Promoting diversity through children’s literature
A storybook acts as a springboard for a wide variety of activities designed to develop children’s English language skills as well as opportunities to develop the theme or content of the book. In this way, the stories link to children’s learning across the curriculum and develop their general knowledge. Most important, the stories we select contain values which allow children to think about issues which are important and relevant to them. Storybooks are also very motivating as they exercise children’s imagination and cater to different interests and learning styles. Storytelling is a shared social experience and provokes a response of laughter, sadness, empathy, excitement and anticipation which encourages social and emotional development. The excellent illustrations support children’s understanding and help them relate what they hear to what they see and therefore decode meaning. Children develop their visual literacy and appreciation of art and discover the different styles of illustration and culture of the illustrator. These are just some of the many reasons for using children’s literature. Our main aim is to develop positive attitudes in children towards language learning and towards their appreciation of literature.
The storybook is introduced on day one of the course in order to provide a context for the children’s work. Children are informed that the week will end with a presentation of the story to their parents. This provides them with a concrete objective to work towards. The presentation also provides an ideal opportunity for us to showcase our methodology based around children’s literature and to make contact with parents. Both children and parents are very proud of the performance as it values their work and allows them to build their confidence in English.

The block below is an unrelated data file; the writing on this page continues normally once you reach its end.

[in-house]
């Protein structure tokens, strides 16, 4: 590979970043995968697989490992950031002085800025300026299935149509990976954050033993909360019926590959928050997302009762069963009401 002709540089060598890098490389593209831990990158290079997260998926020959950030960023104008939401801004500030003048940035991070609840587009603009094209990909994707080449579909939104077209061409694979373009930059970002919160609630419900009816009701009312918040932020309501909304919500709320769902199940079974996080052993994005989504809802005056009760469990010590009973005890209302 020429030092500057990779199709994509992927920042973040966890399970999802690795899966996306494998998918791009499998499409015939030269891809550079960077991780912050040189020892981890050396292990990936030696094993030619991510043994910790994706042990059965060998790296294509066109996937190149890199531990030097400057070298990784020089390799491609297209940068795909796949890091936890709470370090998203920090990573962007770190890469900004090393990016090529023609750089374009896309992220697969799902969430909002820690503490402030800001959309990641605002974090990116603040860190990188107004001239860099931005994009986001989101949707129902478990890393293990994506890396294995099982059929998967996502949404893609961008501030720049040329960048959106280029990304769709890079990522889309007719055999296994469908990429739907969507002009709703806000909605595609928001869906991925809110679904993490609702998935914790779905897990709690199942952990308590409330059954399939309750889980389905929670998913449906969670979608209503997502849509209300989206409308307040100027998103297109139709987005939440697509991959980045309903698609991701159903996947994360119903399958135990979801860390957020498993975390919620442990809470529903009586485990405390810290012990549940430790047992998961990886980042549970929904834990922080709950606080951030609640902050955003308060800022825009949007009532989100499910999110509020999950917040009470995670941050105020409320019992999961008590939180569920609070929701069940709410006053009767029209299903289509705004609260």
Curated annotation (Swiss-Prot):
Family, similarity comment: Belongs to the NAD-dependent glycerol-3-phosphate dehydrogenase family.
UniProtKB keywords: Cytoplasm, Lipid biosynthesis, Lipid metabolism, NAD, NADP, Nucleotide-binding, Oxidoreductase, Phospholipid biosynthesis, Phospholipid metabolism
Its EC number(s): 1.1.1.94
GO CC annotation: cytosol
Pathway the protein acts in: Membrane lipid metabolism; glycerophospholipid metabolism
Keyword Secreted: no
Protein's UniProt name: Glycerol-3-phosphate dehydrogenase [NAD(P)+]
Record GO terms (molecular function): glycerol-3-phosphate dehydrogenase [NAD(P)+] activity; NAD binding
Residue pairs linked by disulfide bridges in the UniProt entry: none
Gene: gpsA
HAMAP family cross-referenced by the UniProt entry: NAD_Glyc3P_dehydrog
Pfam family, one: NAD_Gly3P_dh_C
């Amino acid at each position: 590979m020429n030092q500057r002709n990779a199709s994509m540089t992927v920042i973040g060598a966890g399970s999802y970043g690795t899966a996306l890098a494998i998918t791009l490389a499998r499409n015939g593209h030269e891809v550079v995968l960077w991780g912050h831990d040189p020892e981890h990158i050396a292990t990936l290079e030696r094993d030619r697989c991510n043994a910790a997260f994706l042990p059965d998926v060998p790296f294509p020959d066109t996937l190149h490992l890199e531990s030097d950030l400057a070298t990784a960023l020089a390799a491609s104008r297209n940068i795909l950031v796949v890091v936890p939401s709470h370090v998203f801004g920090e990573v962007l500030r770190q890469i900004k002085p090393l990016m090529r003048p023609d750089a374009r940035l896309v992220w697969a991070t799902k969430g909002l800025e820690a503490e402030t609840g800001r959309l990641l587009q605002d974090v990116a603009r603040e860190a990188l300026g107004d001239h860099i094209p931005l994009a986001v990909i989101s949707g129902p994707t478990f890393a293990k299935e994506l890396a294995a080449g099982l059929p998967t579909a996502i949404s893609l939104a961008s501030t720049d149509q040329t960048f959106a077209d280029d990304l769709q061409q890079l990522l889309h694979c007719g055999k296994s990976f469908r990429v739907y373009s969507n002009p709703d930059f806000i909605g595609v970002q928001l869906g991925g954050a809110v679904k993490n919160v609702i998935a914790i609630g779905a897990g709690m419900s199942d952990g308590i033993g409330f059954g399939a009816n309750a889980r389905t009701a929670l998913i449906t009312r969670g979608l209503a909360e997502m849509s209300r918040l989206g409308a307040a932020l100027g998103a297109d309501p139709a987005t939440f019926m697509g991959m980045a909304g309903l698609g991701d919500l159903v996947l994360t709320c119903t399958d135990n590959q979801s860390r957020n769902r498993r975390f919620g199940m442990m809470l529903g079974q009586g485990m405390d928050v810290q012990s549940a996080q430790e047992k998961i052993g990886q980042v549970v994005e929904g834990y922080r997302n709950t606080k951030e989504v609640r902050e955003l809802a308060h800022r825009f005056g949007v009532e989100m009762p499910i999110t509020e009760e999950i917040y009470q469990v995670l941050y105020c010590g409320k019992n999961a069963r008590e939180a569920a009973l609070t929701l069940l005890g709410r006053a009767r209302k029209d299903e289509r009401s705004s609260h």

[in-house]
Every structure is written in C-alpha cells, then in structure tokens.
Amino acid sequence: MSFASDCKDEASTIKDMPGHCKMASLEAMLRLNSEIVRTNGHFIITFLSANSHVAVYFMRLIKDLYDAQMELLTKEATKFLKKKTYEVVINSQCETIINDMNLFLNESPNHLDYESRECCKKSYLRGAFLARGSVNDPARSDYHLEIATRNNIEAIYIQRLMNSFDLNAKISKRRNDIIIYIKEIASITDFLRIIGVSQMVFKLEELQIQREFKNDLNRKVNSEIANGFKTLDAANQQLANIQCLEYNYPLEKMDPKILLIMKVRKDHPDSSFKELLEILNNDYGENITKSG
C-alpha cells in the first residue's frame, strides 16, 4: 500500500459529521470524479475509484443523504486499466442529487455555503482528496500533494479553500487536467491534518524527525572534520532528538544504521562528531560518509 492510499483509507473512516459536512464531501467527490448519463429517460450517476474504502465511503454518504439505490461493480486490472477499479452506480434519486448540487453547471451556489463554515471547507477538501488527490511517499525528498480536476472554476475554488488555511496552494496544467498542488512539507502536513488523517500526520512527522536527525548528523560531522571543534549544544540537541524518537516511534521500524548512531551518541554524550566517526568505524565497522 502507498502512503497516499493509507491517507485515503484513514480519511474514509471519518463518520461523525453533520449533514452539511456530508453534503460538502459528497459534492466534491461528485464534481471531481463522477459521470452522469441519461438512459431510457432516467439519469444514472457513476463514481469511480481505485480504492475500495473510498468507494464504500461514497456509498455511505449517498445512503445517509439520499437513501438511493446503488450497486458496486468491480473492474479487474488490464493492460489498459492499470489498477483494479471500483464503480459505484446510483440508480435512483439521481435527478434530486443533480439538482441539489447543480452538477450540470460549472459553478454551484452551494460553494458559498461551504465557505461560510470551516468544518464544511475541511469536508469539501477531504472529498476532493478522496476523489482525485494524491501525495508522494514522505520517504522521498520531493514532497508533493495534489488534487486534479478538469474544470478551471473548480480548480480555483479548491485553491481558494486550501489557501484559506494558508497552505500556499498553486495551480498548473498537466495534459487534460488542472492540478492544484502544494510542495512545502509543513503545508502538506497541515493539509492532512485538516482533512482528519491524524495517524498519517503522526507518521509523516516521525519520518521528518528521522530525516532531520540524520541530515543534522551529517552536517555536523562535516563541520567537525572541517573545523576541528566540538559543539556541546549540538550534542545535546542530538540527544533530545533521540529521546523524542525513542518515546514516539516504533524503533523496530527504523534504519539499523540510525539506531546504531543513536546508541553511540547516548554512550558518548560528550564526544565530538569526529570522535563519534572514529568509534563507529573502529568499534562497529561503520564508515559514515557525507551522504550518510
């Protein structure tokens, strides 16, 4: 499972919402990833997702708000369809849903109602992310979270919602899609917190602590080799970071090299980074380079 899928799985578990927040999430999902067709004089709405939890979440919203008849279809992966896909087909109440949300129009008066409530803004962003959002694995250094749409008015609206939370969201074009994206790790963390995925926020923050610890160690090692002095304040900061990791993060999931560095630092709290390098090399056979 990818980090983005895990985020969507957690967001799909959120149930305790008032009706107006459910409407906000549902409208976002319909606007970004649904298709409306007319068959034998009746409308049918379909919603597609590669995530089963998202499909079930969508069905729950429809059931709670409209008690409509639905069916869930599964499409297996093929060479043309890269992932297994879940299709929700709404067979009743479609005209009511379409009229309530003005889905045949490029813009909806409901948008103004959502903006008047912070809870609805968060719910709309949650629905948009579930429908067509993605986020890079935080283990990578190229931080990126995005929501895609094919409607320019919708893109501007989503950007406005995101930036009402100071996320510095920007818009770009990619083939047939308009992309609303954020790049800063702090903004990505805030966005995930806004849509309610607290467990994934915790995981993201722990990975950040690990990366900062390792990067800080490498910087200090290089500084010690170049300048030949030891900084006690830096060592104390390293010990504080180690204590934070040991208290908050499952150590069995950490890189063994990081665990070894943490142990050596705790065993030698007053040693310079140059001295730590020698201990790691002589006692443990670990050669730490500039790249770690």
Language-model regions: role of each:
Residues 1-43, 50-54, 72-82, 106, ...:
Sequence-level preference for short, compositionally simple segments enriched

We are very pleased to share with you a small selection of stories we have used in our centre to address different aspects of diversity. Click on the links below to find out more details and to download all activity plans and worksheets. You can also download an overview of all the titles in this series (as well as further recommended storybooks) in the attachment below.
We have created story notes to provide suggestions on how to exploit the storybooks which can be used as they are or adapted to your own context as per your time available, your course aims and structure as well as your children’s needs and interests. We hope you enjoy using the storybooks and would love to hear about your own favourite titles, especially those that help raise children’s awareness of diversity.
Teaching Centre Manager
British Council Paris